Bone and Joint Institute

Can Met Expectations Moderate the Relationship Between Pain/Function and Satisfaction in Total Knee Arthroplasty?

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Journal of Arthroplasty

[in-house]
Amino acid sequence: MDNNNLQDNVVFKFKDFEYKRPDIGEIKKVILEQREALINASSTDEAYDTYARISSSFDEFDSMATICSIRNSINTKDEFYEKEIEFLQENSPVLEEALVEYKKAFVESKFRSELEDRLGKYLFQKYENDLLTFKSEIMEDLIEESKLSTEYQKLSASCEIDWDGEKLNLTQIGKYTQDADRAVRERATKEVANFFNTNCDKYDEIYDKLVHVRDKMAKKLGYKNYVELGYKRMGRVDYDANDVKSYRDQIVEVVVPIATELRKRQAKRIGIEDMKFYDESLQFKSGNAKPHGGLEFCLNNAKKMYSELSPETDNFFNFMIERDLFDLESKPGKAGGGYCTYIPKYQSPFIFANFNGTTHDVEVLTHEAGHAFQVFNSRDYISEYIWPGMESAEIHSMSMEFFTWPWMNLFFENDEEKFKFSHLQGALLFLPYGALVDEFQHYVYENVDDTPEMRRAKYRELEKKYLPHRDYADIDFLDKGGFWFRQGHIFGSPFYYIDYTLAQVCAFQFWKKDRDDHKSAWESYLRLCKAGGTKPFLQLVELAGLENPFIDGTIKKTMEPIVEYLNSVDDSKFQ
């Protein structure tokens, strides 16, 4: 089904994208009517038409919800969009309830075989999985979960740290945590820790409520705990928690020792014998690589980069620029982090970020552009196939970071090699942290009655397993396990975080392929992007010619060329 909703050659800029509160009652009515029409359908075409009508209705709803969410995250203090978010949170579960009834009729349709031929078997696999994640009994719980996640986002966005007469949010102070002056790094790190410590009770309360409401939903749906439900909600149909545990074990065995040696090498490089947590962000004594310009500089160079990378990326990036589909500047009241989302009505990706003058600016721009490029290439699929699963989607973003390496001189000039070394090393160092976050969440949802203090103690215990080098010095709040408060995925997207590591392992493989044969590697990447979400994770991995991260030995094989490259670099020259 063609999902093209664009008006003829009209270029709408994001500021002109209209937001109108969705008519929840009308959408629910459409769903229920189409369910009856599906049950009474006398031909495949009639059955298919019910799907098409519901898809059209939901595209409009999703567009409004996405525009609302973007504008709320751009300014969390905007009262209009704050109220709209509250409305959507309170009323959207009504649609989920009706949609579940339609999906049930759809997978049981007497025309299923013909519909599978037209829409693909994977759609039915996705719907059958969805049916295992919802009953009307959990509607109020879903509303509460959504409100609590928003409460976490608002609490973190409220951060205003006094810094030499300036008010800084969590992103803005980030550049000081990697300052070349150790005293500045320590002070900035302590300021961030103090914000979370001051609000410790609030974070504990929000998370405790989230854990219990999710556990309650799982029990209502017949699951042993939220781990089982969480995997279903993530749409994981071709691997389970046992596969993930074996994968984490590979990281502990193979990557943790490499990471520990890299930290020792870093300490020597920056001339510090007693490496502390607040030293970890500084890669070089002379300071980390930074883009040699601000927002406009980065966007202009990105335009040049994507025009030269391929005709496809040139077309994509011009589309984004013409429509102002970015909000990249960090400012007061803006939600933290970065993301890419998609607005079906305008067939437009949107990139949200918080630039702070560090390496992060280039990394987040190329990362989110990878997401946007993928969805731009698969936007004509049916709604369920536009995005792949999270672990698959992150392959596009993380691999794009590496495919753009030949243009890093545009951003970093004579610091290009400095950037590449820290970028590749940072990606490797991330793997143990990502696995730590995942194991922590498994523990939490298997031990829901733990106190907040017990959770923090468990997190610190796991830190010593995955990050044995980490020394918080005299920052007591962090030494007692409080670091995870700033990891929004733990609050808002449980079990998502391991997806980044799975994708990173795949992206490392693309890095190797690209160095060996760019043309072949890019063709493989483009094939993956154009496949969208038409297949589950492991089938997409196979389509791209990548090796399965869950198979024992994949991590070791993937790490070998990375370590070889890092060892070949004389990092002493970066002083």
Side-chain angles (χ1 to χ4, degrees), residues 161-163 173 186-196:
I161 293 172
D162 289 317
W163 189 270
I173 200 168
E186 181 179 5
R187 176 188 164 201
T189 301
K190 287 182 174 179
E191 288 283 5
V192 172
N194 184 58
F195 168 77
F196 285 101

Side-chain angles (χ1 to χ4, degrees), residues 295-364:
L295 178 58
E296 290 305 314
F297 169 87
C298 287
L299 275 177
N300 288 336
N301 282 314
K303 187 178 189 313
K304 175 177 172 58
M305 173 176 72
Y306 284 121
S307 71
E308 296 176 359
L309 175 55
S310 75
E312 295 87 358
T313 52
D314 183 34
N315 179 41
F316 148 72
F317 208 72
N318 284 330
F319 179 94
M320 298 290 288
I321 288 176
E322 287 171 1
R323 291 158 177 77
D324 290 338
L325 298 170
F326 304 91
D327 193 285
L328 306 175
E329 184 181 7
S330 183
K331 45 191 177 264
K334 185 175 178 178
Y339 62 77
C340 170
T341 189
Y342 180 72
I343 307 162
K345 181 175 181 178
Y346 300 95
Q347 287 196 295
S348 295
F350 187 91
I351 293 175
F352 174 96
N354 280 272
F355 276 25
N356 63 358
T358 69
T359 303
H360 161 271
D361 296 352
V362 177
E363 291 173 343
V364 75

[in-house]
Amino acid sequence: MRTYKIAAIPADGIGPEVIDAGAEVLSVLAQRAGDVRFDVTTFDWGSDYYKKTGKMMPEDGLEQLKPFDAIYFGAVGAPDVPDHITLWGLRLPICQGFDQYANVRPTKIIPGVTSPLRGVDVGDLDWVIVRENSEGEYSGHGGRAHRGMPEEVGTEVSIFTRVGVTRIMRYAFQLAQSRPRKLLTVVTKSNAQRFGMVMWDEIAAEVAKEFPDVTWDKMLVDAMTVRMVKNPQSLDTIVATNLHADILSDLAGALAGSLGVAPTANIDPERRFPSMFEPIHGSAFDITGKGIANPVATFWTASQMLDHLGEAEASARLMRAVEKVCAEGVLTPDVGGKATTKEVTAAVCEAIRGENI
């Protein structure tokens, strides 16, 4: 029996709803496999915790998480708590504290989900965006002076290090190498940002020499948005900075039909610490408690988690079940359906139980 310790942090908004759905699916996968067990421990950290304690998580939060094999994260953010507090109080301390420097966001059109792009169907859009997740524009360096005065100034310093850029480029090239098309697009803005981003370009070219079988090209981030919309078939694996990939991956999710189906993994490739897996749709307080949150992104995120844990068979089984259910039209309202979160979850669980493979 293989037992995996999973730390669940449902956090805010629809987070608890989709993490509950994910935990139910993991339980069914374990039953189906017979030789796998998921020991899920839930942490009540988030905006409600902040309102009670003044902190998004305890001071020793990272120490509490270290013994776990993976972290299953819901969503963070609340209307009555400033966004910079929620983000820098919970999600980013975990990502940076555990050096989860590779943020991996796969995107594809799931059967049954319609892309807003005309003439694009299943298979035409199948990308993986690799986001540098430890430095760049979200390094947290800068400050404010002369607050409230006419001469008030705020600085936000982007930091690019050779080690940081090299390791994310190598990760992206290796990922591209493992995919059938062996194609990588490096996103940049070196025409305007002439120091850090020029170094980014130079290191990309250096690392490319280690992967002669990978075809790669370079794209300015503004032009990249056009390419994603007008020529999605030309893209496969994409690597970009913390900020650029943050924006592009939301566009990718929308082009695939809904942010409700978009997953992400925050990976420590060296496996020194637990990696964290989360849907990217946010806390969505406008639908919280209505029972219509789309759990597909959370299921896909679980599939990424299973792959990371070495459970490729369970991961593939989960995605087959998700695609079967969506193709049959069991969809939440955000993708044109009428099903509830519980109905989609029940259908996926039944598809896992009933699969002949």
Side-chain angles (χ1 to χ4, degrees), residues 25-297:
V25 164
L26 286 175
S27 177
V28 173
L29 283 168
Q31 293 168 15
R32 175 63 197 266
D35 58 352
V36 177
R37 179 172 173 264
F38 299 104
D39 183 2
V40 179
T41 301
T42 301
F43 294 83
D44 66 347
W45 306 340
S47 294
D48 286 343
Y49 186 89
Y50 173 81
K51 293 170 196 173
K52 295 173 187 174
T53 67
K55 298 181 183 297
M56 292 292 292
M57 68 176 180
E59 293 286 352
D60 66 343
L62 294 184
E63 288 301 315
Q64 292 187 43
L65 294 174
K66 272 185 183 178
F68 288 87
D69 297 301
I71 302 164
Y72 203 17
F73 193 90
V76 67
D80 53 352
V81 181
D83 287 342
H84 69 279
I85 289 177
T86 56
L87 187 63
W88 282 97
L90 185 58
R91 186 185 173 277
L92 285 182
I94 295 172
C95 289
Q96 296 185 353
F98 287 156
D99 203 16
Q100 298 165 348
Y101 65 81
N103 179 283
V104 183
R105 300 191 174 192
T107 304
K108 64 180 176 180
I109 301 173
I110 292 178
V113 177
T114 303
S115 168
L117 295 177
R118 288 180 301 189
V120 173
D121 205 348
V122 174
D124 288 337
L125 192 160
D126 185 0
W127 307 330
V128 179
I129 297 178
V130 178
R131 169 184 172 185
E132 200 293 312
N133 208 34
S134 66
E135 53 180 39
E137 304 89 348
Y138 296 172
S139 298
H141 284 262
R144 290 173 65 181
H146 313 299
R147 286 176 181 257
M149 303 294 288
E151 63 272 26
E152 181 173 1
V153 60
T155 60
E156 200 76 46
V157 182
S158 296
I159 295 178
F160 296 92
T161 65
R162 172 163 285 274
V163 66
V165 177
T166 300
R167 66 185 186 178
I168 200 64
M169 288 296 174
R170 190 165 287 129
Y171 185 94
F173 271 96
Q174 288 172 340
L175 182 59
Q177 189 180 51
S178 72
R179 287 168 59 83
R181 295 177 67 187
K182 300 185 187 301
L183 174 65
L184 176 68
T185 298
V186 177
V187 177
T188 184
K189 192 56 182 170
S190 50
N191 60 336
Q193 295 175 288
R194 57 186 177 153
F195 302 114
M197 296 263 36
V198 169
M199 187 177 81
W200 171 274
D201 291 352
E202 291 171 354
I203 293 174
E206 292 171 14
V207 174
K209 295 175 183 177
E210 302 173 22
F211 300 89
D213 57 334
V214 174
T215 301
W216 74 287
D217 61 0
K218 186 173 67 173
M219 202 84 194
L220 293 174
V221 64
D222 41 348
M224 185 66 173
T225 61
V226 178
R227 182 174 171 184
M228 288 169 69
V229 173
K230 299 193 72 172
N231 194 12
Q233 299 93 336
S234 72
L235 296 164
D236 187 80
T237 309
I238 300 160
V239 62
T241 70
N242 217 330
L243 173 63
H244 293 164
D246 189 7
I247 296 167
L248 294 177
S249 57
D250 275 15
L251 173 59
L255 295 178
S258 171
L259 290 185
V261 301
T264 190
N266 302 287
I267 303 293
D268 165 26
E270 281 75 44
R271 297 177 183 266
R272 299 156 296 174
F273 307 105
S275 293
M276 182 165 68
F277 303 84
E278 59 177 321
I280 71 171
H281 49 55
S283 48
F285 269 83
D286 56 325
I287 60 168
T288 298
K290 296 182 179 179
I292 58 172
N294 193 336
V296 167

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© 2021 Elsevier Inc. Background: Approximately 20% of patients are dissatisfied with their total knee arthroplasty (TKA) at 1-year post-surgery. Met expectations have been found by some to significantly predict satisfaction. The role of met expectations in determining patient satisfaction has not been exhaustively explored. The primary aim of this study is to evaluate if met expectations moderate the relationship between pain and function variables and satisfaction. Methods: Patients who underwent primary TKA for osteoarthritis were included in the study (n = 304). Patient-reported outcomes at pre-surgery and 1-year post-surgery were collected. The Knee Society Score (KSS) satisfaction subscale was used as the dependent variable. Candidate independent variables included the following: demographics, KSS, Knee injury and Osteoarthritis Outcome Score (KOOS), 12-Item Short Form Health Survey (SF-12), Hospital Anxiety and Depression Scale, Pain Catastrophizing Scale, Self-Administered Comorbidity Questionnaire, and University of California Los Angeles activity score. Separate linear regression models were created to test interactions for KSS met expectations with pain and KSS met expectations with function. Results: Significant predictors of satisfaction were KSS symptoms (pain), KOOS activities of daily living (function), KSS met expectations, KOOS pre-surgery activities of daily living, body mass index, and SF-12 general health. A significant interaction between met expectations and pain was found (P = .043) and the met expectations and function interaction approached significance (P = .086). For both interactions, as met expectations increased, pain and function predicted satisfaction less strongly. Conclusion: Met expectations were found to moderate the relationship between pain and satisfaction. There may be more value in improving pain for patients with low met expectations. Level of evidence: Level IV.

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